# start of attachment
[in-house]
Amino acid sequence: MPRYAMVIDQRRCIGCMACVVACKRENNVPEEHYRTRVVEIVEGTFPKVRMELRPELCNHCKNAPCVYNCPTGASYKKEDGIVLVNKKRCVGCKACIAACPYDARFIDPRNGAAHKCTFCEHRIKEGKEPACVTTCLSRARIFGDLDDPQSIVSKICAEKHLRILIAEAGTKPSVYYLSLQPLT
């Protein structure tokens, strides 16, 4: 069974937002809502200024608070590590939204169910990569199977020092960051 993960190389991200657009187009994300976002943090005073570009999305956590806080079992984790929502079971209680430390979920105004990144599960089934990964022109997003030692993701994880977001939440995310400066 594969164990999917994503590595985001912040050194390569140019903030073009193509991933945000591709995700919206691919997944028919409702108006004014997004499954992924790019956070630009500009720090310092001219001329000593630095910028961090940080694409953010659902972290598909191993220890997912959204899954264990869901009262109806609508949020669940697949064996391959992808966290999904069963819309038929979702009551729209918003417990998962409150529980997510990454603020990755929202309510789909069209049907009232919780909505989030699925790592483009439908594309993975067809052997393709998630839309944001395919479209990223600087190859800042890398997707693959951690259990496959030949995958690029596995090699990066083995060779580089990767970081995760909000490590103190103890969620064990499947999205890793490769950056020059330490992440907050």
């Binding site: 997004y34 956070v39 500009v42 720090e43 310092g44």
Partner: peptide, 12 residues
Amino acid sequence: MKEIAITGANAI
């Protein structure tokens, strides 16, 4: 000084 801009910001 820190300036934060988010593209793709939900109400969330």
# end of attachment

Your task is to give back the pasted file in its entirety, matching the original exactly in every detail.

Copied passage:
[in-house]
Amino acid sequence: MPRYAMVIDQRRCIGCMACVVACKRENNVPEEHYRTRVVEIVEGTFPKVRMELRPELCNHCKNAPCVYNCPTGASYKKEDGIVLVNKKRCVGCKACIAACPYDARFIDPRNGAAHKCTFCEHRIKEGKEPACVTTCLSRARIFGDLDDPQSIVSKICAEKHLRILIAEAGTKPSVYYLSLQPLT
């Protein structure tokens, strides 16, 4: 069974937002809502200024608070590590939204169910990569199977020092960051 993960190389991200657009187009994300976002943090005073570009999305956590806080079992984790929502079971209680430390979920105004990144599960089934990964022109997003030692993701994880977001939440995310400066 594969164990999917994503590595985001912040050194390569140019903030073009193509991933945000591709995700919206691919997944028919409702108006004014997004499954992924790019956070630009500009720090310092001219001329000593630095910028961090940080694409953010659902972290598909191993220890997912959204899954264990869901009262109806609508949020669940697949064996391959992808966290999904069963819309038929979702009551729209918003417990998962409150529980997510990454603020990755929202309510789909069209049907009232919780909505989030699925790592483009439908594309993975067809052997393709998630839309944001395919479209990223600087190859800042890398997707693959951690259990496959030949995958690029596995090699990066083995060779580089990767970081995760909000490590103190103890969620064990499947999205890793490769950056020059330490992440907050």
């Binding site: 997004y34 956070v39 500009v42 720090e43 310092g44």
Partner: peptide, 12 residues
Amino acid sequence: MKEIAITGANAI
């Protein structure tokens, strides 16, 4: 000084 801009910001 820190300036934060988010593209793709939900109400969330």